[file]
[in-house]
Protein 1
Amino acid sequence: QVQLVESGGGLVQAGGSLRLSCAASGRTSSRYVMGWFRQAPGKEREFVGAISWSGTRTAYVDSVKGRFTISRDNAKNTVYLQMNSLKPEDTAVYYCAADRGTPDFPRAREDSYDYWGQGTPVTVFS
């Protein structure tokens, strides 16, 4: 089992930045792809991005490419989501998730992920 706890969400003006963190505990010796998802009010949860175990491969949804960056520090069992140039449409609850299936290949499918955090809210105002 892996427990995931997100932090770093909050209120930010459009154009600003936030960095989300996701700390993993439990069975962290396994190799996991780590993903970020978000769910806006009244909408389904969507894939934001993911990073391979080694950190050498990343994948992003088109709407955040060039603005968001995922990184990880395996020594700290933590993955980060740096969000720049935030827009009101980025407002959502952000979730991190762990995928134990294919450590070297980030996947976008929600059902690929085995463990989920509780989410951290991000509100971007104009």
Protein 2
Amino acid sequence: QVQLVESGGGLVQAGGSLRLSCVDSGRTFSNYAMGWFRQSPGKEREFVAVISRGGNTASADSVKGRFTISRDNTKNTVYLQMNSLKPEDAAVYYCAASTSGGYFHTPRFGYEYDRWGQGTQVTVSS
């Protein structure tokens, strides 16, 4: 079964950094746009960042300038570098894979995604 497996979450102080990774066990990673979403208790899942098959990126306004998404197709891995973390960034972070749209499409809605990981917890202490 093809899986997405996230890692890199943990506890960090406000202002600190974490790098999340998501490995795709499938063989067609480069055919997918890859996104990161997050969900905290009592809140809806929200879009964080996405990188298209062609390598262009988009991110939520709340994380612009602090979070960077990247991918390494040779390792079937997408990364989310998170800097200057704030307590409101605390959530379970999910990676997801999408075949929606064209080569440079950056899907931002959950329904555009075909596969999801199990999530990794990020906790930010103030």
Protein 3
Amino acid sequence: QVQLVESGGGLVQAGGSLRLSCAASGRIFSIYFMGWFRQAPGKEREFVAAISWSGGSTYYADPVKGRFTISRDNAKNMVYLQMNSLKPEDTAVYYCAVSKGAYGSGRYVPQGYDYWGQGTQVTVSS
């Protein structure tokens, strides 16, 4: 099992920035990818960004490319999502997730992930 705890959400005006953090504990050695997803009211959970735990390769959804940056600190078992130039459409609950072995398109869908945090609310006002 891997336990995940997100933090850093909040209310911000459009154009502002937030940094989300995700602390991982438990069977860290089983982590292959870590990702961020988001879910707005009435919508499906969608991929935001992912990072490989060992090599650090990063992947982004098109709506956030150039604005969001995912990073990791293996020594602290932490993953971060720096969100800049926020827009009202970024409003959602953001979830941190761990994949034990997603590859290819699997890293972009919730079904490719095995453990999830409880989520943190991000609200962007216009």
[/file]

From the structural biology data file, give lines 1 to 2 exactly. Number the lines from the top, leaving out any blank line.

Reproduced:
[in-house]
Protein 1